In the evening, Mrs Tootlepedal went off to do front-of-house for a ballet screening and on this occasion, I left her to it and spent time messing about with the photo editor instead.

The flying bird of the day is another chaffinch.  There are a lot of them about.

flying chaffimnch sept 18

 

 

Read Full Post »

Today’s guest picture was sent to me by Dropscone’s niece Hilary.  It is of an Egyptian Vulture.  It was taken at Zurich Zoo on Saturday and makes Mr Grumpy look like a little ray of sunshine.

It is of an Egyptian Vulture. Taken at Zurich Zoo on Saturday.

Little rays of sunshine were in short supply here today as this was the view when we got up.

snowy garden

It wasn’t even good quality snow, just a soggy flump which turned to slush as it fell.

wet snow

It snowed quite a lot more during the day without adding to the sum total of snow on the ground at all.

Sandy came round for coffee as we are going to give an illustrated talk about the Archive Group in Canonbie tomorrow and we had to settle the details.  After he left, I walked through the slush up to the Archive Centre and made some copies of a DVD of the History of the Mills and Railway in Langholm.  We are going to show the DVD tomorrow and with luck, we might sell a copy or two for funds.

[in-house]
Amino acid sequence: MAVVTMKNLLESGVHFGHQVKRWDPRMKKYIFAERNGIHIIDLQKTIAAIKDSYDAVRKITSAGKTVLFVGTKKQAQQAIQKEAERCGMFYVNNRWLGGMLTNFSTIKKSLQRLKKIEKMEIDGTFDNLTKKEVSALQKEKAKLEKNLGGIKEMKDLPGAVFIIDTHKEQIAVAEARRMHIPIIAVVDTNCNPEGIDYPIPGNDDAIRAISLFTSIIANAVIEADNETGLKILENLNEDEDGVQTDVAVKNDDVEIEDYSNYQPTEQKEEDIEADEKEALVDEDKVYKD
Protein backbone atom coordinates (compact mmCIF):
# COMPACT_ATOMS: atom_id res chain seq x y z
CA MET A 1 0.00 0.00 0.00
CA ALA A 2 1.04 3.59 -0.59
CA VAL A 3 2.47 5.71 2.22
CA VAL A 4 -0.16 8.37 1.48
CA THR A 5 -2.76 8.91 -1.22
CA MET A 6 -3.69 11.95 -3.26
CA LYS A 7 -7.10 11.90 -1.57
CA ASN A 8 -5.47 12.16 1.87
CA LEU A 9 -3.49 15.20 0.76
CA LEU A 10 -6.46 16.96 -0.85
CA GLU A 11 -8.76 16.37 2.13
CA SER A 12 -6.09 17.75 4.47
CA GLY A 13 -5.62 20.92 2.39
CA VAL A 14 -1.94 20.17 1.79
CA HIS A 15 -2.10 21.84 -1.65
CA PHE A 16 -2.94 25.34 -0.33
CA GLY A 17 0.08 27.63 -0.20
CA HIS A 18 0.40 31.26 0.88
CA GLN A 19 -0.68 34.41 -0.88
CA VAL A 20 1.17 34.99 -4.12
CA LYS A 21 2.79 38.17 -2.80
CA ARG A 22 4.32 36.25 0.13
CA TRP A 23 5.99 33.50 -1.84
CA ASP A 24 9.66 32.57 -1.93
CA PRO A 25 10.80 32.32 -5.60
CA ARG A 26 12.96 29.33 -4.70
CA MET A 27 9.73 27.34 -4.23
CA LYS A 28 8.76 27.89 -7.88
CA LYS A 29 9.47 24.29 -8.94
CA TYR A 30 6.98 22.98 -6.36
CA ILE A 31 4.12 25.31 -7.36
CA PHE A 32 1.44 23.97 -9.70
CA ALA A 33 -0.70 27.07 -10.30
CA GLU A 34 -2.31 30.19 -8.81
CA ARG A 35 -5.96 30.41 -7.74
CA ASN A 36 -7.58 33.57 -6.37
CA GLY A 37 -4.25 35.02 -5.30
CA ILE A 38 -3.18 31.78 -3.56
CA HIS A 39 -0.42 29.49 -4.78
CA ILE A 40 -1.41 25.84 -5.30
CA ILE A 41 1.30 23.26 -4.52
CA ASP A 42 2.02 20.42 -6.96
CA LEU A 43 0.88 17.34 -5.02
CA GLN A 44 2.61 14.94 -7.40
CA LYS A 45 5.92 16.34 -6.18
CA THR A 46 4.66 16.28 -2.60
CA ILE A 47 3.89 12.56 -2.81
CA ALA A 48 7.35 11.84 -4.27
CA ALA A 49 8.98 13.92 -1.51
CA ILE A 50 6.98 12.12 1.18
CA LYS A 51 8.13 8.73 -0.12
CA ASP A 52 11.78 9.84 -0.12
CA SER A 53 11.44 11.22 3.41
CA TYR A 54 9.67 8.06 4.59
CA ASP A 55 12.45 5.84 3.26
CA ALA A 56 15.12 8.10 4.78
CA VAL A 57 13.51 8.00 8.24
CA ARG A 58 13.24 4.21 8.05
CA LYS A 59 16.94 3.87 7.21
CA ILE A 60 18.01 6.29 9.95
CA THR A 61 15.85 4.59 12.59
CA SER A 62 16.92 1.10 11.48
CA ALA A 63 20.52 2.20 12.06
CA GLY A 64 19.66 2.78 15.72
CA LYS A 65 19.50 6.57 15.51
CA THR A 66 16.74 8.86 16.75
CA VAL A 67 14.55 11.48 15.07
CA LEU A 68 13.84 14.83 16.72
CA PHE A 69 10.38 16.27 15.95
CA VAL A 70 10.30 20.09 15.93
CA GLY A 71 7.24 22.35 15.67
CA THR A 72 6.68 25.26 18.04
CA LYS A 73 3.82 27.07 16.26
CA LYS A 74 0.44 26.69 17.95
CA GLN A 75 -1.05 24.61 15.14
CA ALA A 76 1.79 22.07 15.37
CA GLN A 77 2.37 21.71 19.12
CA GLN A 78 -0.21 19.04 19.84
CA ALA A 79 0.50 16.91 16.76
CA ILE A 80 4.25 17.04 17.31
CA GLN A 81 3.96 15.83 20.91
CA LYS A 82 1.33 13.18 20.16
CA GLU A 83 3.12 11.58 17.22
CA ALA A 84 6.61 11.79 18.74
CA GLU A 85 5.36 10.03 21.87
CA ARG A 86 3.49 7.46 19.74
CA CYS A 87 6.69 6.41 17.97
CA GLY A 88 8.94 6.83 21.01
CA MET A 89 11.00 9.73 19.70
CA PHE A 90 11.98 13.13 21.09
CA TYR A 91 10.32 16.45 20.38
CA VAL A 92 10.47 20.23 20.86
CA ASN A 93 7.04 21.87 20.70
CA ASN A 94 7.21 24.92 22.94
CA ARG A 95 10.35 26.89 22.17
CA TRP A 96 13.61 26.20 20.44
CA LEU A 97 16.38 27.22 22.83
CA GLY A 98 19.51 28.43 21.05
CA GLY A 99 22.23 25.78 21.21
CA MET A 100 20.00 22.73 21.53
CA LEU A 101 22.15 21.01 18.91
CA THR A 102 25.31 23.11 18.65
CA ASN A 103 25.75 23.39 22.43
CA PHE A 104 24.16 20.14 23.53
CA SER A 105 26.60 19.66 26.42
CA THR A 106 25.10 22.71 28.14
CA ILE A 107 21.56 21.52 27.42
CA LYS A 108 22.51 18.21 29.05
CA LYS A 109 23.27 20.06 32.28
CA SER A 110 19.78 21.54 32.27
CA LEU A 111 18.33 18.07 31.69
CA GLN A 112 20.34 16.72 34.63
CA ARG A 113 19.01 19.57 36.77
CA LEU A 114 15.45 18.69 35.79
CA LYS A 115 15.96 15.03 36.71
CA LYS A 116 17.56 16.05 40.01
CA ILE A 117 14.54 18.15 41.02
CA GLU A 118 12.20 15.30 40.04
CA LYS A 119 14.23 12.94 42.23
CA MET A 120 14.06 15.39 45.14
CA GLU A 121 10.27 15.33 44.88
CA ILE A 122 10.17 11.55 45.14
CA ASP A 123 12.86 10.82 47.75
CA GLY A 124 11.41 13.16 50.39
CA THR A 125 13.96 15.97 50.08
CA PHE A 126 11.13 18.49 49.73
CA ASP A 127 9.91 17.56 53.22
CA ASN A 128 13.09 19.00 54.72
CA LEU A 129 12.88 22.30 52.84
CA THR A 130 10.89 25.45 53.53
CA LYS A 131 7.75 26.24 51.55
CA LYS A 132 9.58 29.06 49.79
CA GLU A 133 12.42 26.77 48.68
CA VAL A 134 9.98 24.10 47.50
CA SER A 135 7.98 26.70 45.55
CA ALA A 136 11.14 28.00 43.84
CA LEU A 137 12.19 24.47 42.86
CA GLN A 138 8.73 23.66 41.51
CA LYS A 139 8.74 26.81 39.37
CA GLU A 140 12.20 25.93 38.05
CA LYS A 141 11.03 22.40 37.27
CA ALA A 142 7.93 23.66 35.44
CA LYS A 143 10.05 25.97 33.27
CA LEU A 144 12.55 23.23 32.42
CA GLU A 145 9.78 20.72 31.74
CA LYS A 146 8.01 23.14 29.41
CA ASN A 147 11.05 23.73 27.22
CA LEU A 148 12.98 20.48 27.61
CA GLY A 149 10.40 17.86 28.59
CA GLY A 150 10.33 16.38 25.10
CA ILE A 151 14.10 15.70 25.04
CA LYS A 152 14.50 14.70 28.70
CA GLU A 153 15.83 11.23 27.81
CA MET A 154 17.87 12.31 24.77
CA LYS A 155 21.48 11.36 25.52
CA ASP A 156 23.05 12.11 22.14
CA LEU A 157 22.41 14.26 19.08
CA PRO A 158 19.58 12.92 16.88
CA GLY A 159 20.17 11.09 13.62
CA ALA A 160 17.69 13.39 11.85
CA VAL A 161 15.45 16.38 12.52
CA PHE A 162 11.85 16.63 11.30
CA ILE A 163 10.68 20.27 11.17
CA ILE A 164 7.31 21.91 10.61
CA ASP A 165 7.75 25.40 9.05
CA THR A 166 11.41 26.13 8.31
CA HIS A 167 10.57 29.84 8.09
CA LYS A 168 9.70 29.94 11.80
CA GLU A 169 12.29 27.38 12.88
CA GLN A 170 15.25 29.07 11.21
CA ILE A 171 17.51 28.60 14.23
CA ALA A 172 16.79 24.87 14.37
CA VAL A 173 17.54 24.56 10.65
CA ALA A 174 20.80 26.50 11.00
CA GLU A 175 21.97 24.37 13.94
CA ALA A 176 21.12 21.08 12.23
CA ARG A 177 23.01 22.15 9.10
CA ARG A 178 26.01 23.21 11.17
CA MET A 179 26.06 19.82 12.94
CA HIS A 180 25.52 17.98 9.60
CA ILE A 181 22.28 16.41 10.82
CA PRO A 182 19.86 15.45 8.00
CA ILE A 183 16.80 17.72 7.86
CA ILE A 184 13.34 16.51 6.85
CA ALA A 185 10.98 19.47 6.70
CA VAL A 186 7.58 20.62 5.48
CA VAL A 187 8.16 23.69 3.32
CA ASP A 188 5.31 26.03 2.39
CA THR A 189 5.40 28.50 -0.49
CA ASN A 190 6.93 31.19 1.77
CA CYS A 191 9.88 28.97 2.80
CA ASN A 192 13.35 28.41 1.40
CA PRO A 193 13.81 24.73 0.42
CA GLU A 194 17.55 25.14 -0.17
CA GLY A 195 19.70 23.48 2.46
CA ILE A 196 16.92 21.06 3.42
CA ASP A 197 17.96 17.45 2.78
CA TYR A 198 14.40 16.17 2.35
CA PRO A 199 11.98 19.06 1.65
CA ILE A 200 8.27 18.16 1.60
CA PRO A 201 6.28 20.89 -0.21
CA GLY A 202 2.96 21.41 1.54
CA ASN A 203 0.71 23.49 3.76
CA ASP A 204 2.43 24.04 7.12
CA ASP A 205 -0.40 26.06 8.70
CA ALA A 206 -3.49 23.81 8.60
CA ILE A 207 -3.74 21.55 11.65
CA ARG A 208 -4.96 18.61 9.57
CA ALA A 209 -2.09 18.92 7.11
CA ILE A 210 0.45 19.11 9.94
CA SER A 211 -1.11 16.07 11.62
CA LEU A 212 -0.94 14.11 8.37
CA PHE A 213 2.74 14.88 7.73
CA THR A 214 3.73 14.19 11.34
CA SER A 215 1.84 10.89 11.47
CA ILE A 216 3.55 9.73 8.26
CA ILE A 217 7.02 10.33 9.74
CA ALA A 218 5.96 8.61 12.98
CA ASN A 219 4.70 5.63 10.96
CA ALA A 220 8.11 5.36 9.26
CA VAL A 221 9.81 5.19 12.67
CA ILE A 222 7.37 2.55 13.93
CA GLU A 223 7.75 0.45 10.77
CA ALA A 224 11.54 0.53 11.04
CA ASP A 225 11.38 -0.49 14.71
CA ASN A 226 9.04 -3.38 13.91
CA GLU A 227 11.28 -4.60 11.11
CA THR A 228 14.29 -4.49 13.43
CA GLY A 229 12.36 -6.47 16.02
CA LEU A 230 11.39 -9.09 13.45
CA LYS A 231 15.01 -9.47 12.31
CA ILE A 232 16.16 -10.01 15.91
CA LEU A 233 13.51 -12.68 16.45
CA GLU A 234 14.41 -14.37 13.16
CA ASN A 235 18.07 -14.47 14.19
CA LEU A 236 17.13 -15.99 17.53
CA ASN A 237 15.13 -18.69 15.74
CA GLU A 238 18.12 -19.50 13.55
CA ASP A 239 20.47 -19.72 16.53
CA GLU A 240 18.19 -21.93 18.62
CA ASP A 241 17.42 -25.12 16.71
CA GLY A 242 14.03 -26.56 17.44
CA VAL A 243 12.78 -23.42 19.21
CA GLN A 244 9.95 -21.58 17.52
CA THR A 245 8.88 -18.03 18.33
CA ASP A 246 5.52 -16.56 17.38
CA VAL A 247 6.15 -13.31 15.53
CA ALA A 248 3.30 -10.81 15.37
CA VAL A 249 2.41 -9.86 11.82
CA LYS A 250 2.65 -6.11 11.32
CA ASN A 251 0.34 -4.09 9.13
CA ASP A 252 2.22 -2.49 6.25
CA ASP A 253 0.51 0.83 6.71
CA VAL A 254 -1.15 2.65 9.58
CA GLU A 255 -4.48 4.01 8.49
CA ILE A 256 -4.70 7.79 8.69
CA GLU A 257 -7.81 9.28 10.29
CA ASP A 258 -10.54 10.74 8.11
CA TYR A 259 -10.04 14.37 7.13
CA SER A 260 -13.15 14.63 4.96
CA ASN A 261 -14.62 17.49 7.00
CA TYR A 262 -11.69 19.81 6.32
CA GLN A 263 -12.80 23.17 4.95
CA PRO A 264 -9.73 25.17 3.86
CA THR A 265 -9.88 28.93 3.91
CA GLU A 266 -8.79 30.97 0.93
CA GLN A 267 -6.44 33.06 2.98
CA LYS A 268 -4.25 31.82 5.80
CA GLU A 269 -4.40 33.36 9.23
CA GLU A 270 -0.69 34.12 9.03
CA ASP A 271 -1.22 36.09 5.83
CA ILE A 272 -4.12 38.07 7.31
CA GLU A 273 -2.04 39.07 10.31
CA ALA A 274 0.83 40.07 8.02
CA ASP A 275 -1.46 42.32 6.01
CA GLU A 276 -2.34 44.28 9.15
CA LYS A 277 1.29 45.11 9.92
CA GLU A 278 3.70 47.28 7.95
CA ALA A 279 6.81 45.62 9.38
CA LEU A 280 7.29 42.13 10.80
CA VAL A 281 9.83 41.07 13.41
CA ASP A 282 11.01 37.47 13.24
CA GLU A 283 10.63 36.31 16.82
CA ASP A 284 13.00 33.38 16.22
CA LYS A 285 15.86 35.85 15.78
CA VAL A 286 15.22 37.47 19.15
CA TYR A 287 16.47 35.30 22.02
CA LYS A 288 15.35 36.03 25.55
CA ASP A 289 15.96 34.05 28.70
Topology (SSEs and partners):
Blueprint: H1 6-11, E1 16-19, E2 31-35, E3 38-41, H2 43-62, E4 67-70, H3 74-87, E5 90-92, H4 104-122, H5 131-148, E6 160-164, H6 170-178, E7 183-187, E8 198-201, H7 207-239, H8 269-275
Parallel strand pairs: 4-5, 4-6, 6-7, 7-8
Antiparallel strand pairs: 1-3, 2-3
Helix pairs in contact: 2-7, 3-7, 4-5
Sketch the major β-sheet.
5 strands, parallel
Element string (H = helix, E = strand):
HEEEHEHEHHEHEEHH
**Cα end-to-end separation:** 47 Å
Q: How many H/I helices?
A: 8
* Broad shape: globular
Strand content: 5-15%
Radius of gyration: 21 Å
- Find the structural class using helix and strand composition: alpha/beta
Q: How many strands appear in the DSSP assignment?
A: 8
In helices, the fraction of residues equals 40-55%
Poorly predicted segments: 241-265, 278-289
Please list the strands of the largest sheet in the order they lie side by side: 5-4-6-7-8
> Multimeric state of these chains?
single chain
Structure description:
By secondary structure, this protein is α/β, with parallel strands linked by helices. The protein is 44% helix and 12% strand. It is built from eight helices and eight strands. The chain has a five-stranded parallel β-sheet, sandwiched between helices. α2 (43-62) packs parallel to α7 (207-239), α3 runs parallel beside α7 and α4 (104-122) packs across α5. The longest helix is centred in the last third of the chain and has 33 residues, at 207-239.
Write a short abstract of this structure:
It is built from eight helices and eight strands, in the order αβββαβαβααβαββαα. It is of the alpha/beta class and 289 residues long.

I had a look at the birds when I got back but things were still pretty gloomy.

goldfinch

The snow hadn’t stopped birds arriving but there weren’t very many.

busy feeder snow

I was pleased to see a couple of greenfinches.

greenfinches

After lunch, there was a moment when the sun came out so I put on my wellies and went for a short walk.

Whita snow

The hills looked better with a hint of sun on them…

snowy monument

…and if I had been feeling better, I would have rushed up to the monument while the going was good.

As it was, the recovery is still a work in progress so I settled for a very slow walk at a low level, taking my puffer before I set out and creeping up the only hill on my route.

Although it was very slushy rather than crisp, there was still a scenic view or two to be had.